I don’t use vanilla XCTest. I uses Specta and Expecta, which provide a more concise and readable test environment to work in. This is the default testing setup when you create a new CocoaPod. I’m a contributor to the pod Expecta+Snapshots, which provides an Expecta-like API to FBSnapshotTestCase. It will handle naming screenshots for you, and can optionally run view controllers through their view event lifecycle. This means my Podfile looks like:

target 'MyApp Tests', :exclusive => true do
    pod 'Specta','~> 1.0'
    pod 'Expecta', '~> 1.0'
    pod 'Expecta+Snapshots', '~> 1.0'

In turn, my tests look like:


it (@"notations in black and white look correct", ^{
    UIView *notationView = [[ORMusicNotationView alloc] initWithFrame:CGRectMake(0, 0, 80, 320)]; = ORMusicNotationViewStyleBlackWhite;


it (@"Initial music view controller looks corrects", ^{
    id contoller = [[ORMusicViewController alloc] initWithFrame:CGRectMake(0, 0, 80, 80)];
    controller.view.frame = [UIScreen mainScreen].bounds;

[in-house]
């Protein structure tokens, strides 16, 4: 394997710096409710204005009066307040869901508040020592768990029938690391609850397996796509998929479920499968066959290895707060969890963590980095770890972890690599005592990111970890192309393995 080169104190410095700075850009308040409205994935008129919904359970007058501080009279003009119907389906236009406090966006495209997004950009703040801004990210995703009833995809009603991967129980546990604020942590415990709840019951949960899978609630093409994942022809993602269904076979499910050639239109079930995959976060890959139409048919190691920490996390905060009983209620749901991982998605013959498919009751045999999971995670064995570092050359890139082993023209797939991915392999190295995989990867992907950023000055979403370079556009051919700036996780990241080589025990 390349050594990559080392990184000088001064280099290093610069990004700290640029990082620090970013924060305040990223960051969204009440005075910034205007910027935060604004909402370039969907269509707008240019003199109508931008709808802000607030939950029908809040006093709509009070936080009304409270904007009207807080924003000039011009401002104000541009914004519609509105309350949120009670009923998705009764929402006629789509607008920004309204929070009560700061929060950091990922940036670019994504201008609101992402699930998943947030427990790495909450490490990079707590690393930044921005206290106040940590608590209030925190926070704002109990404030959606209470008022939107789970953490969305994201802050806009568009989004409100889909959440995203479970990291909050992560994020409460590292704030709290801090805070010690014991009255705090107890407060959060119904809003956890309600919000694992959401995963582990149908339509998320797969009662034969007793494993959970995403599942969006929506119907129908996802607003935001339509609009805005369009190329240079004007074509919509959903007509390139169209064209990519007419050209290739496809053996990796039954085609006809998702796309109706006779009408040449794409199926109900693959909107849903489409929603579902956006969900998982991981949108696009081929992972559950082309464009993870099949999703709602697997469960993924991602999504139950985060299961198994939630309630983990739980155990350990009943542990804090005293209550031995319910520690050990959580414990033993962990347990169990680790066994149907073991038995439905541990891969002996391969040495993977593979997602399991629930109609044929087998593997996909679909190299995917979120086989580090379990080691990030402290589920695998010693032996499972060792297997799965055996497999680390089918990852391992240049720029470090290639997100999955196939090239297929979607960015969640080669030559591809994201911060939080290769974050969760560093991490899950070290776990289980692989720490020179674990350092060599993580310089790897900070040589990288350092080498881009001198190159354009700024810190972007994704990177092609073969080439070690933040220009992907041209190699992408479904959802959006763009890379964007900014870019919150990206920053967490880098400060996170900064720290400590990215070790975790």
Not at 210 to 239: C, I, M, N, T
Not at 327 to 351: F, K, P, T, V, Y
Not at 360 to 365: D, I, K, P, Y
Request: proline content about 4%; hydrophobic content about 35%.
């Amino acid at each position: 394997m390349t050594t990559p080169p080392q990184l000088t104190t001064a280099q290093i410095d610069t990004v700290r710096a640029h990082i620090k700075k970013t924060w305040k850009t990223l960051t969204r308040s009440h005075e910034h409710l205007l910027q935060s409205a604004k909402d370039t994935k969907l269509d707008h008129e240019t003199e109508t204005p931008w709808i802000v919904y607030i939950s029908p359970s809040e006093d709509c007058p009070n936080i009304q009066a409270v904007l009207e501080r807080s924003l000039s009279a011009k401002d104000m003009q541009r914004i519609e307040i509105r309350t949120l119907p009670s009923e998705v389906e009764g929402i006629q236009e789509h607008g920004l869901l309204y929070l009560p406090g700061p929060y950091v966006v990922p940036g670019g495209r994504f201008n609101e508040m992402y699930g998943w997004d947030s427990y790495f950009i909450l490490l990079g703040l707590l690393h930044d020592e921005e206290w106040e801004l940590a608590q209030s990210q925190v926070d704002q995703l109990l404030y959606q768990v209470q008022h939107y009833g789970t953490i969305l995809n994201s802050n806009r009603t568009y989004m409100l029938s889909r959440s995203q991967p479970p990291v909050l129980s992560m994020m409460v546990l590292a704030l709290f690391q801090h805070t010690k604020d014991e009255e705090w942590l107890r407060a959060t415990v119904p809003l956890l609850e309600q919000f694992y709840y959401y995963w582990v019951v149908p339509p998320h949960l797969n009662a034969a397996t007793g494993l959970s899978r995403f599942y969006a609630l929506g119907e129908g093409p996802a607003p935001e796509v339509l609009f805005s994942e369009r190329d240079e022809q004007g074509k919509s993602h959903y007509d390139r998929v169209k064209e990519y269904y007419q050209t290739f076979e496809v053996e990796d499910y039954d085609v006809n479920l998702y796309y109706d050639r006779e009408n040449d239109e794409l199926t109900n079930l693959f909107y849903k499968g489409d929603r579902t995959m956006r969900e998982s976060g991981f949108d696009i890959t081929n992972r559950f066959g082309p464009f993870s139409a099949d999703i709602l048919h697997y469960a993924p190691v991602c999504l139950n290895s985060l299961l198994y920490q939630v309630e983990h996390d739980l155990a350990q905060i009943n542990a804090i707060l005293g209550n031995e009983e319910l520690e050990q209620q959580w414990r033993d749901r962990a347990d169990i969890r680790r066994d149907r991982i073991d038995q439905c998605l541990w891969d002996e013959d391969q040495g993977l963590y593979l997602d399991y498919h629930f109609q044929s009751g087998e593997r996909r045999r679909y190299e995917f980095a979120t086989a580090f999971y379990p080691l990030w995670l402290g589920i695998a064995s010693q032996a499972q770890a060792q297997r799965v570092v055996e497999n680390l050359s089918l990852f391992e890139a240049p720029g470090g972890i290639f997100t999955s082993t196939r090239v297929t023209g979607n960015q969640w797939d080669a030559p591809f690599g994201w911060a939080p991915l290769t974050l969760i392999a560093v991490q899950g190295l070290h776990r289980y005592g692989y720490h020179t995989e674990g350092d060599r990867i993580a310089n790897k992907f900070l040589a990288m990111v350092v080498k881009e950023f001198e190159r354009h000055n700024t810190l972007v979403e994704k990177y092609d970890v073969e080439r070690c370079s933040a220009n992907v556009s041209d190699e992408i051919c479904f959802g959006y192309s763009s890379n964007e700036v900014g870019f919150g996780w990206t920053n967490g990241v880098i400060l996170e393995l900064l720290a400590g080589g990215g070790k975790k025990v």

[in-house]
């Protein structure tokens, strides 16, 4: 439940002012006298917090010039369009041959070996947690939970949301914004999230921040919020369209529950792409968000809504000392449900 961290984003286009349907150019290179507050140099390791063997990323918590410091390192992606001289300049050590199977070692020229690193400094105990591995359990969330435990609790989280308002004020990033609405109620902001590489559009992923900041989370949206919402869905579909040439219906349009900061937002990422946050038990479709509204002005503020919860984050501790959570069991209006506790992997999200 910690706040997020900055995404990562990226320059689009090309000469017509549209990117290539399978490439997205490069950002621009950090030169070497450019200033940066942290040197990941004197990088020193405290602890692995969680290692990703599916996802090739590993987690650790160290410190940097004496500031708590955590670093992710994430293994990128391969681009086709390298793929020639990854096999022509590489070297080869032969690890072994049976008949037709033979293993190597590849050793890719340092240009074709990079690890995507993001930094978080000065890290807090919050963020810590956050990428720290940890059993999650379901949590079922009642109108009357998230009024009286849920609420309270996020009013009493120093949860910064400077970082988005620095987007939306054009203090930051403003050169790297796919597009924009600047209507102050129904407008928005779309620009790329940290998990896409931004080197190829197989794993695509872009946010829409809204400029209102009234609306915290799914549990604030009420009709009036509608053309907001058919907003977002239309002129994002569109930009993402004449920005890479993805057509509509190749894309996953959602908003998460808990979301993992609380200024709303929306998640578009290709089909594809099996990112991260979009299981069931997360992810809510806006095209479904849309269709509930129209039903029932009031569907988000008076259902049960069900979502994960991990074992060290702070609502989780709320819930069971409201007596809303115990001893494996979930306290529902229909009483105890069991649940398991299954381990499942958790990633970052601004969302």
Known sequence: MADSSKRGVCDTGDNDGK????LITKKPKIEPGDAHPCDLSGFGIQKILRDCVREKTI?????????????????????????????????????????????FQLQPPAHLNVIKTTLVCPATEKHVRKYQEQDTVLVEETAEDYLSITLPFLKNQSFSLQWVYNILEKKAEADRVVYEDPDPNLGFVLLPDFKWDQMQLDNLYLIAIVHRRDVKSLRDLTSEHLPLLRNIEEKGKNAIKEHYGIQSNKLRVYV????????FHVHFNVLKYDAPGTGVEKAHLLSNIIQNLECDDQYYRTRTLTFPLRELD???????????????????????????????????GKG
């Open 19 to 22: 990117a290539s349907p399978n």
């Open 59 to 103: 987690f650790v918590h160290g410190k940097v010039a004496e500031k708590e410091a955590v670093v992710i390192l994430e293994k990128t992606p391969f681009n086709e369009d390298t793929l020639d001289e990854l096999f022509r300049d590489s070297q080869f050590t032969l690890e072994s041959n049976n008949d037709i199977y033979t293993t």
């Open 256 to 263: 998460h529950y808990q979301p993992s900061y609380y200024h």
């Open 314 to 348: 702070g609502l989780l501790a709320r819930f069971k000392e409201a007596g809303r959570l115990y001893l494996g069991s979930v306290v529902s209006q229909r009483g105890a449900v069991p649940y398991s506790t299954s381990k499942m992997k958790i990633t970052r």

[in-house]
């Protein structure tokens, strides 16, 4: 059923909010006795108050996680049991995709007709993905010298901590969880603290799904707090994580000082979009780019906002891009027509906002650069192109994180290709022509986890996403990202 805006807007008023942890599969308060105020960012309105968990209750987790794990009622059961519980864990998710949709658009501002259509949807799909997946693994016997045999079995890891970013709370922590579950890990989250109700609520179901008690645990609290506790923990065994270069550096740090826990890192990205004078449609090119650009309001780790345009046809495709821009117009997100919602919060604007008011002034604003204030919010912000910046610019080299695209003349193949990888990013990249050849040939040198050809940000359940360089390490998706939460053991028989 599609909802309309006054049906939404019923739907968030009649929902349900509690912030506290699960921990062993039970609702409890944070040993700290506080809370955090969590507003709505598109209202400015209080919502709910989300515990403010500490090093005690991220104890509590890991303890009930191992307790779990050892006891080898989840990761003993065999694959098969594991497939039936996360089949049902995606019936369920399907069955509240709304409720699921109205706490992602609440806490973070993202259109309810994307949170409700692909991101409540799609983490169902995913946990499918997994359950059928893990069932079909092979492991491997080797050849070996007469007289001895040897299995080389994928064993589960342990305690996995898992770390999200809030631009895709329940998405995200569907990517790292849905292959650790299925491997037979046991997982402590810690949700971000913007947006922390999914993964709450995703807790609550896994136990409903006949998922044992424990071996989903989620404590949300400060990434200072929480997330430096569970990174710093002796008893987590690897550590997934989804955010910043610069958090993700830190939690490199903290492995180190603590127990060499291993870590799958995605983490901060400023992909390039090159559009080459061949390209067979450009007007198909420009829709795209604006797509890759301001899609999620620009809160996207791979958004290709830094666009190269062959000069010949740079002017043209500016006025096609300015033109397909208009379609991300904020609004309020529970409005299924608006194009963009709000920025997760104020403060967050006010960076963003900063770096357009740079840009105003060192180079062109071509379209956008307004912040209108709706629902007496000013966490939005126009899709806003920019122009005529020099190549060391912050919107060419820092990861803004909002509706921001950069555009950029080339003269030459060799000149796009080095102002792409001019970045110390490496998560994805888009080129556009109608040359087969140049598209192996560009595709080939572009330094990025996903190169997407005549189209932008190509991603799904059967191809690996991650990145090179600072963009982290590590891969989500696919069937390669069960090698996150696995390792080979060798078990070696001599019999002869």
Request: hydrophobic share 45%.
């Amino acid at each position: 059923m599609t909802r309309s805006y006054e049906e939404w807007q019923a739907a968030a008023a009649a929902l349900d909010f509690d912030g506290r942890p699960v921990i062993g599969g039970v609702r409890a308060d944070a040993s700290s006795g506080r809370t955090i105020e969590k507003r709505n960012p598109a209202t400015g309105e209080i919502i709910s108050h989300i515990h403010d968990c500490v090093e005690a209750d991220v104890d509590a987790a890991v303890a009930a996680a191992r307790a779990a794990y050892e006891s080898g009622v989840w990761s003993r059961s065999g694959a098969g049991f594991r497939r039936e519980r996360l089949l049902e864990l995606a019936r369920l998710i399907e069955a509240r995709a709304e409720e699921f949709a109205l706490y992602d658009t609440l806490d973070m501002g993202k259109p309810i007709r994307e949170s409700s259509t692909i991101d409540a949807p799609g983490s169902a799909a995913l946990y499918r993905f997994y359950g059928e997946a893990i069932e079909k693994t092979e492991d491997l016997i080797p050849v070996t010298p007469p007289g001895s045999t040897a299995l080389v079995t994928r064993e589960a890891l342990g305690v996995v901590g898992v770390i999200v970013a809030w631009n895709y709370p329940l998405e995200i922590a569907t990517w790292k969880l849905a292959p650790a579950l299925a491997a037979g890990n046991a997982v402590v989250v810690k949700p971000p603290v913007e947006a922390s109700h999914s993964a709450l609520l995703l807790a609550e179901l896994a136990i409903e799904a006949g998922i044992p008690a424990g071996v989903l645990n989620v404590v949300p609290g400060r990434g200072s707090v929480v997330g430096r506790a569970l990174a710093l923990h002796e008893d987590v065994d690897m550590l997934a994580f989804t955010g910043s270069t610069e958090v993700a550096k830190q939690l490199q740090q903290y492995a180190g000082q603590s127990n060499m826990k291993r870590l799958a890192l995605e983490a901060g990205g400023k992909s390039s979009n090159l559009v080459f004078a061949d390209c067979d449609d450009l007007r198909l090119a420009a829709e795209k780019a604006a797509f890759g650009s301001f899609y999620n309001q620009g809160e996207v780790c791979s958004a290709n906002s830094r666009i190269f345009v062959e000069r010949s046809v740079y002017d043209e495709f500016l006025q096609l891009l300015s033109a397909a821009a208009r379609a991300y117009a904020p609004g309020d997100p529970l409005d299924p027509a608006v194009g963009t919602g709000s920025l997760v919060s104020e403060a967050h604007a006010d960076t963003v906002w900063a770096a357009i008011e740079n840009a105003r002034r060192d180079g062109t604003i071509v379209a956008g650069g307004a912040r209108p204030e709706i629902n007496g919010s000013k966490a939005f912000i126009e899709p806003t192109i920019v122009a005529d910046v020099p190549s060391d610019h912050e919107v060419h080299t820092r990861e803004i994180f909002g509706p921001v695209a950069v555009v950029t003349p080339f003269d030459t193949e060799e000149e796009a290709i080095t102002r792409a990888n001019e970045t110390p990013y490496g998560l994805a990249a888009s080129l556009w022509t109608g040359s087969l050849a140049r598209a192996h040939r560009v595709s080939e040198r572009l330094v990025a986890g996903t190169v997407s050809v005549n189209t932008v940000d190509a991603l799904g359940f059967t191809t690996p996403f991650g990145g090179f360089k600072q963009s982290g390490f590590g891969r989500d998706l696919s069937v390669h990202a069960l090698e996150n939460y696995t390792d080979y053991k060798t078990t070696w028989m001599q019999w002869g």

Snapshots Xcode Plugin

Parsing the console log to find the references to images is a lot of effort. Loading up all the different failing tests into a visual diff tool like Kaleidoscope requires running a lot of terminal commands.

To deal with nearly all of the common use cases, I built an Xcode plugin called Snapshots. It can be installed via Alcatraz or built yourself. It makes it simple to compare the success and failure images for any inline failed test in Xcode.


FBSnapshotTestCase gives you a way to test view-related code. It can be used to build and visualize view states without jumping through hoops in the simulator. You should use it with my plugin Snapshots if you use Xcode. Sometimes it can be a bit frustrating, but it pays off. It welcomes designers into the code review stage. It can be a very easy first step into writing tests on an existing project. You should give it a try.

Examples from Open Source: